New Zealand 470 class sailors Paul Snow-Hansen and Jason Saunders will never get a better opportunity than these Olympics to move from relative obscurity to sporting royalty in the space of 11 races.
The 21-year-olds have steadily built a campaign since 2009. There has been a zephyr rather than a gale behind their development but they shape up as a nautical sleeper cell capable of a podium finish.
Third place at the most recent Sail for Gold regatta at the Games venue off Weymouth indicates they have parity with some of the best in the class. The result included four successive wins and victory over the world champion Australians Mat Belcher and Malcolm Page in two of the windier races. They were eighth at December's world championships in Perth and finished five ISAF World Cup events inside the top 10 that year.
The Weekend Herald spoke to the pair and coach Hamish Willcox at the Royal Dorset Yacht Club this week as they prepared to race on August 2 in their debut Olympics.
Willcox sailed the 470 to three world championships, coached New Zealand's last Olympic medallists in the class (Jan Shearer and Leslie Egnot, 1992) before going into weather analysis on America's Cup campaigns. Snow-Hansen says he's been crucial to their progress.
"He's a veteran coach at Olympic level so his advice has been welcome over the last couple of years."
Eight of New Zealand's 15-strong sailing team are aged 25 or younger. At 21, Snow-Hansen and Saunders form the youngest end of that bracket with 49er sailor Peter Burling, who's at his second Games. Willcox says the beauty of this regatta is that neither of his charges knows their capability.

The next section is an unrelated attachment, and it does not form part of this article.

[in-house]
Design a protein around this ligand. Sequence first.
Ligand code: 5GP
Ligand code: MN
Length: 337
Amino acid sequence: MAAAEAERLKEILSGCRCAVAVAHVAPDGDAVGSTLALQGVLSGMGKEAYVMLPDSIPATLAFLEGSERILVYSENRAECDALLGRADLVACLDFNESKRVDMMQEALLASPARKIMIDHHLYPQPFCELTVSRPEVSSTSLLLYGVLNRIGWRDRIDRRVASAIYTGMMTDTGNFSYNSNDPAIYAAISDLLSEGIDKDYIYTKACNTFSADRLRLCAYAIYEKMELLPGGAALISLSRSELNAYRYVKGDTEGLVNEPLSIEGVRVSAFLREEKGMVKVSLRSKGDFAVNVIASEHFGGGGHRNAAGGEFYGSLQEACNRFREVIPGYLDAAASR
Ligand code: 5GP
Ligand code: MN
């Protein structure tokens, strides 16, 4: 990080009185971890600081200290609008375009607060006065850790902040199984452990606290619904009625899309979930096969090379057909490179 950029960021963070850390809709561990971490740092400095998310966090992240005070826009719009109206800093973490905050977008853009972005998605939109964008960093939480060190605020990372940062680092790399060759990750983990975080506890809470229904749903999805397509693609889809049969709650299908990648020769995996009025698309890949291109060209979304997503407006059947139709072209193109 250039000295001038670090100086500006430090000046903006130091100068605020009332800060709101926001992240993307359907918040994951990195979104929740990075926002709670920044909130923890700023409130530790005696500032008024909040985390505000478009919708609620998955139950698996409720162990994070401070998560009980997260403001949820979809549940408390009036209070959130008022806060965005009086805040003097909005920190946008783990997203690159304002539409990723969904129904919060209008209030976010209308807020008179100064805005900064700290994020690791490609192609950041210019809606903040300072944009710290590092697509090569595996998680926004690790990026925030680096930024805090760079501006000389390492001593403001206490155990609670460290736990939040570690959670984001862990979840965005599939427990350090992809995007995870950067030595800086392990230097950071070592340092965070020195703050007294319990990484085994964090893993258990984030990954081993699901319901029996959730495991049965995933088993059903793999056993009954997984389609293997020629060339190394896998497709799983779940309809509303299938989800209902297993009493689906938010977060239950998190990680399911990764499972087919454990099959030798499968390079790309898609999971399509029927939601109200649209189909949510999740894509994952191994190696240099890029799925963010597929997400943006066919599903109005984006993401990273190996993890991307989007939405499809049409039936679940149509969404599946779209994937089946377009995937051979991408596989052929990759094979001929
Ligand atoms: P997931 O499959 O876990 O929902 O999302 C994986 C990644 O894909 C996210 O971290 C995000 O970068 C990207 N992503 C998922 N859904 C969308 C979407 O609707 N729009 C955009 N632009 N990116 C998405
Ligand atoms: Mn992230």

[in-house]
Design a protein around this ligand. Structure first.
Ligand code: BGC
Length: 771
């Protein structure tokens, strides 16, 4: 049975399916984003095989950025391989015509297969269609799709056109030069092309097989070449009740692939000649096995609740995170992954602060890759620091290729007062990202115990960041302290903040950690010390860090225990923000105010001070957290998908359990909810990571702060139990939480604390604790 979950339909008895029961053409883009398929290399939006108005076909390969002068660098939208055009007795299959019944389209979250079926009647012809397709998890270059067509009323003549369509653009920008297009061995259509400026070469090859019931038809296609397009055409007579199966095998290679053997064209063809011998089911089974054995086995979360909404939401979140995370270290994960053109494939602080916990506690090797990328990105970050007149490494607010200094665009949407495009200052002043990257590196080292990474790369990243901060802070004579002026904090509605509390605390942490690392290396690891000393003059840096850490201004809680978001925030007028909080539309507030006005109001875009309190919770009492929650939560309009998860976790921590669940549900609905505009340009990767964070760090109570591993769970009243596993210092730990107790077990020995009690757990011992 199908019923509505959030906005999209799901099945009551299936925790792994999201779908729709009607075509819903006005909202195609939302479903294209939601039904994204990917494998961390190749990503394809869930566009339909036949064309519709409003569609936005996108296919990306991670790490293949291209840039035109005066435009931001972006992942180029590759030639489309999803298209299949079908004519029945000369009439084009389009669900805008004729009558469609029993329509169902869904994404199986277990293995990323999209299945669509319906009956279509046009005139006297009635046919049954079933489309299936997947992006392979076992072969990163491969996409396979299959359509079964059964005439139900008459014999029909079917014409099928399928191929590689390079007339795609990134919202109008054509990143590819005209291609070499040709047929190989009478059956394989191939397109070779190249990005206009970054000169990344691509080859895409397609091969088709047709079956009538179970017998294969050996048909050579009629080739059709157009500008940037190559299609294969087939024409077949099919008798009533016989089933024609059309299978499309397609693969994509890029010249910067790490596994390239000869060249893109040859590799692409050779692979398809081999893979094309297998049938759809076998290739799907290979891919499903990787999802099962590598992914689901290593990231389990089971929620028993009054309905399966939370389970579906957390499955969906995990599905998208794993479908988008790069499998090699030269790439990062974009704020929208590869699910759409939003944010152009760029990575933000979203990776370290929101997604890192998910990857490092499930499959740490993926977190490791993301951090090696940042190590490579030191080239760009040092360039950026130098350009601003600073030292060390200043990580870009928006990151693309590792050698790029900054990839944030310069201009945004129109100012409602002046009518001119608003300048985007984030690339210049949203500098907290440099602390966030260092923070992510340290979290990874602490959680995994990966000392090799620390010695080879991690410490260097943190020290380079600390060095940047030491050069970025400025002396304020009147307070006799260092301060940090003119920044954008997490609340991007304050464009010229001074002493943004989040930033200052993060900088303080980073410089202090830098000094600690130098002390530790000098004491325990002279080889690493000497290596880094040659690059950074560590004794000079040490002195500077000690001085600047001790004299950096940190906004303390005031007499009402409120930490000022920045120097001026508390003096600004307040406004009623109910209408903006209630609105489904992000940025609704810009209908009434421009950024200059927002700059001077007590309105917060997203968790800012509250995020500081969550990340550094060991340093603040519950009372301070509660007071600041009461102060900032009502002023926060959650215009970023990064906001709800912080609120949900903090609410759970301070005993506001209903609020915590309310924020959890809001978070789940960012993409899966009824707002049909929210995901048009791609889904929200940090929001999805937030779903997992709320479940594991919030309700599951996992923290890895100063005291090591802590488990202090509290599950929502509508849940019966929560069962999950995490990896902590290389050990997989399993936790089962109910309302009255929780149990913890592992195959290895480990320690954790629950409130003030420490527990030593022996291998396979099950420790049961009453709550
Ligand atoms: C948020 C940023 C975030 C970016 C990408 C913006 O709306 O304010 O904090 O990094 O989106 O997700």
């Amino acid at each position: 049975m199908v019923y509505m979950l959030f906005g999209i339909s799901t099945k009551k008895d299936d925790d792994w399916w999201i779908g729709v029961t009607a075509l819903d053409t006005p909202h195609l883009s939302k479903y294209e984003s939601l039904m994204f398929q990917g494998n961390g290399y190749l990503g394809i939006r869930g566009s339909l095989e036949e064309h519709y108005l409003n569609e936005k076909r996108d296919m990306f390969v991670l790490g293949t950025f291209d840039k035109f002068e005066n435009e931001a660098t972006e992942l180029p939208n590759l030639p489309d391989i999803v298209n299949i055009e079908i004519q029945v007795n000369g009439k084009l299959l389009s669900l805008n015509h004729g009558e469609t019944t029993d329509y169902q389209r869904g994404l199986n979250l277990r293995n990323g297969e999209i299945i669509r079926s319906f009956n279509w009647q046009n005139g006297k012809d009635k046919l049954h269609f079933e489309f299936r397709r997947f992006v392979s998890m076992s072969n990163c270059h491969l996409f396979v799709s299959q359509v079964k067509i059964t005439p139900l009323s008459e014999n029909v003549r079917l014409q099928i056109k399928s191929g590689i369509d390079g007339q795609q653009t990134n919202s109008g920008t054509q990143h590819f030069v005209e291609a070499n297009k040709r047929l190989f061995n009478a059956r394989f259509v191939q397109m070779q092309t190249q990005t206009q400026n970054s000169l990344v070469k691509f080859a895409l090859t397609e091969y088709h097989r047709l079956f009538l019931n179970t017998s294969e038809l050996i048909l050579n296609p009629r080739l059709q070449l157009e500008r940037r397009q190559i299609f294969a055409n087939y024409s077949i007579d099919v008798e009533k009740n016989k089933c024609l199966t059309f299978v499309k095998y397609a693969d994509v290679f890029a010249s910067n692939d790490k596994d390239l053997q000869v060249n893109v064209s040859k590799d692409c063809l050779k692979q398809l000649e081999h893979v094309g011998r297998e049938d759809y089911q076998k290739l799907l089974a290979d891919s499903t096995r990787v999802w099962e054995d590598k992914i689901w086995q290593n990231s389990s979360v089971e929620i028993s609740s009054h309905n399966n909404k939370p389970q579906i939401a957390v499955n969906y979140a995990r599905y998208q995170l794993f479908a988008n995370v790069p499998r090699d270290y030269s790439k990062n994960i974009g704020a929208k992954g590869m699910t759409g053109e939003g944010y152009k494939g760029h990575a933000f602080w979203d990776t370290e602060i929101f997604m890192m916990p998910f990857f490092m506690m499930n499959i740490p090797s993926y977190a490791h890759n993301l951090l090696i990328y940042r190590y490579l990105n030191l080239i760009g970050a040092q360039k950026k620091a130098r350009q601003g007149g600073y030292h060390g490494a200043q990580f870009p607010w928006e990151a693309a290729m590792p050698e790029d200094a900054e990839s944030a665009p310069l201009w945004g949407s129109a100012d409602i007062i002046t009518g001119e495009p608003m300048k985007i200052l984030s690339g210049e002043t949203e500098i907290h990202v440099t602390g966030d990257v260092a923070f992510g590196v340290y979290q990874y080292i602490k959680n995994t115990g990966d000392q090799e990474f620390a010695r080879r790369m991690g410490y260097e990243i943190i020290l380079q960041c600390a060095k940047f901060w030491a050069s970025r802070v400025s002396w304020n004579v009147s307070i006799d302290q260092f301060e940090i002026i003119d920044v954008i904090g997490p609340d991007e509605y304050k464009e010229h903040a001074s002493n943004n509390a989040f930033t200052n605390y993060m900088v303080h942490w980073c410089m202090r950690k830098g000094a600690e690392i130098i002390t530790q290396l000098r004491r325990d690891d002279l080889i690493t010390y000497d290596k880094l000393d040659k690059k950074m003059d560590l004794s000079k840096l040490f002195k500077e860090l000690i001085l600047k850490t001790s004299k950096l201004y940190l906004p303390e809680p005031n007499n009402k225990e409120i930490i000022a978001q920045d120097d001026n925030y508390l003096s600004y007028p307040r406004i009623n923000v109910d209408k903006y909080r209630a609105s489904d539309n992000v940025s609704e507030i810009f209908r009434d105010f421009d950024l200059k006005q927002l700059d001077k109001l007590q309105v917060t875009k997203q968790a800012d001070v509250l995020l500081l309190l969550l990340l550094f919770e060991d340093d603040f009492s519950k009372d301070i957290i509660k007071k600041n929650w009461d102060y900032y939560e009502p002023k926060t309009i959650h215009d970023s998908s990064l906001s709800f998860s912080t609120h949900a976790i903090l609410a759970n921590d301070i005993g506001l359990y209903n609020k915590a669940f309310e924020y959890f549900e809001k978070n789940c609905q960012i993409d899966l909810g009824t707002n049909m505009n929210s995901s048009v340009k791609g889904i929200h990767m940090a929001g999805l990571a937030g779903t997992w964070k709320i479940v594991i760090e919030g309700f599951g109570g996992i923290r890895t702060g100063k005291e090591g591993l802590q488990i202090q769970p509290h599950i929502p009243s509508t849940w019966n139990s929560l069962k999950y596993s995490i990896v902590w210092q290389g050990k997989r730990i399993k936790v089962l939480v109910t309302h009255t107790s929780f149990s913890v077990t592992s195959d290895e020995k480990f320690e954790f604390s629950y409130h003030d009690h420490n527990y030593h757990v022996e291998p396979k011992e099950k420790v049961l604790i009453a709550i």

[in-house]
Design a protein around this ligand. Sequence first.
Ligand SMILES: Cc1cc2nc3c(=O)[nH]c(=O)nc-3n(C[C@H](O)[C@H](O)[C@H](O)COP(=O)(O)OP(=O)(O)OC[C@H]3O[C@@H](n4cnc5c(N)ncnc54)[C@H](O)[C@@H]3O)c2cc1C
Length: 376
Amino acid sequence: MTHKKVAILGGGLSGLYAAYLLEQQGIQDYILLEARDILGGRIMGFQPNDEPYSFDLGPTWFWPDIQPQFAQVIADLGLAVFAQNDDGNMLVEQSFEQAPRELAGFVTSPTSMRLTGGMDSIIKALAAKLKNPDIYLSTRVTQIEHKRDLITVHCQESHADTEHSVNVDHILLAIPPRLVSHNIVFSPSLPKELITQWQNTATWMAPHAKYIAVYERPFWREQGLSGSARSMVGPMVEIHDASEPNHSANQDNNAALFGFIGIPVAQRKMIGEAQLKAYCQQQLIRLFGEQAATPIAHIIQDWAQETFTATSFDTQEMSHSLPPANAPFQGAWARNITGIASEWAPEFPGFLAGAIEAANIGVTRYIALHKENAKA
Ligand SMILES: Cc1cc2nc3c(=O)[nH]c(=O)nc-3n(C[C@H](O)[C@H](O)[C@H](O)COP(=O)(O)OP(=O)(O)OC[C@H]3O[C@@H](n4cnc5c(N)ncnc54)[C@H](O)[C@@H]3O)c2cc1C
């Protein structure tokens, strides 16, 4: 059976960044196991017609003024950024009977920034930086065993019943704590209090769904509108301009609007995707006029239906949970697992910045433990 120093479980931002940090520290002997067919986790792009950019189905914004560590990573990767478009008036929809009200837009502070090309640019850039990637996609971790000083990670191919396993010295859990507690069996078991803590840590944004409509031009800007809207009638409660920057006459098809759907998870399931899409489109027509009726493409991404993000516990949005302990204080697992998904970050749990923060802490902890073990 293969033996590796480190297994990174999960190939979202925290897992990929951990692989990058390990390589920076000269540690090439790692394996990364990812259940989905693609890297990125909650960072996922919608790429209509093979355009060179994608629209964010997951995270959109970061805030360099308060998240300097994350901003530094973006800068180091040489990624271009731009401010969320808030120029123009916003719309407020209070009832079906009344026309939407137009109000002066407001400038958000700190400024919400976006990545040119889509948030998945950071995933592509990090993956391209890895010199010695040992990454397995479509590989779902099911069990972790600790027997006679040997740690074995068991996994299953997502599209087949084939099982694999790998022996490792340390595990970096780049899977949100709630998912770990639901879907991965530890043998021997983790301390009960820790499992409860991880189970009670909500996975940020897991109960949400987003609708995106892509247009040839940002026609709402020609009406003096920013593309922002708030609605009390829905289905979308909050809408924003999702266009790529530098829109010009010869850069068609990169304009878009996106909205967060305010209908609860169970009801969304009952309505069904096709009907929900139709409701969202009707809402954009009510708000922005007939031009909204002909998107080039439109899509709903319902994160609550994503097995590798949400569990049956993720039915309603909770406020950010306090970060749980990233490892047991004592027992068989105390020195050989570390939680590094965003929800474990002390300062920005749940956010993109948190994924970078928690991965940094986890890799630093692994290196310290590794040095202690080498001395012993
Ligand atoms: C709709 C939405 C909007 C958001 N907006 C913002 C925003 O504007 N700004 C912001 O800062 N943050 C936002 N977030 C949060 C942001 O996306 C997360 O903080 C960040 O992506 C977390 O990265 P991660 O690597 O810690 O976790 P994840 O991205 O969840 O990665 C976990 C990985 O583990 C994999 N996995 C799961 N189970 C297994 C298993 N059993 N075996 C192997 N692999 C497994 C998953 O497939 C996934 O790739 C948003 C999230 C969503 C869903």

"These guys don't know how high they can raise the bar. It's probably the most exciting campaign they'll ever compete in. It's learn, learn, learn and a case of identifying how much they can absorb."
Snow-Hansen is officially designated skipper with Saunders the crewman. The skipper says the conditions at Weymouth suit them.
"Coming from sailing off [Auckland's] North Shore we find this venue great. We couldn't wish for more similar breeze. The fact it's always changing gives us a chance to use all our skills on the [five] different courses. To get on the podium at the last Sail for Gold regatta here is a credit to what we've been doing."
Yet the key question will inevitably surface this Games campaign: Can they (or any other non-windsurfing crew) break New Zealand's 20-year keelboat medal drought?
Willcox is coy: "It's been a good venue for us and we're knocking on the door in four or five classes ... I'd be surprised if we didn't convert one non-windsurfing medal."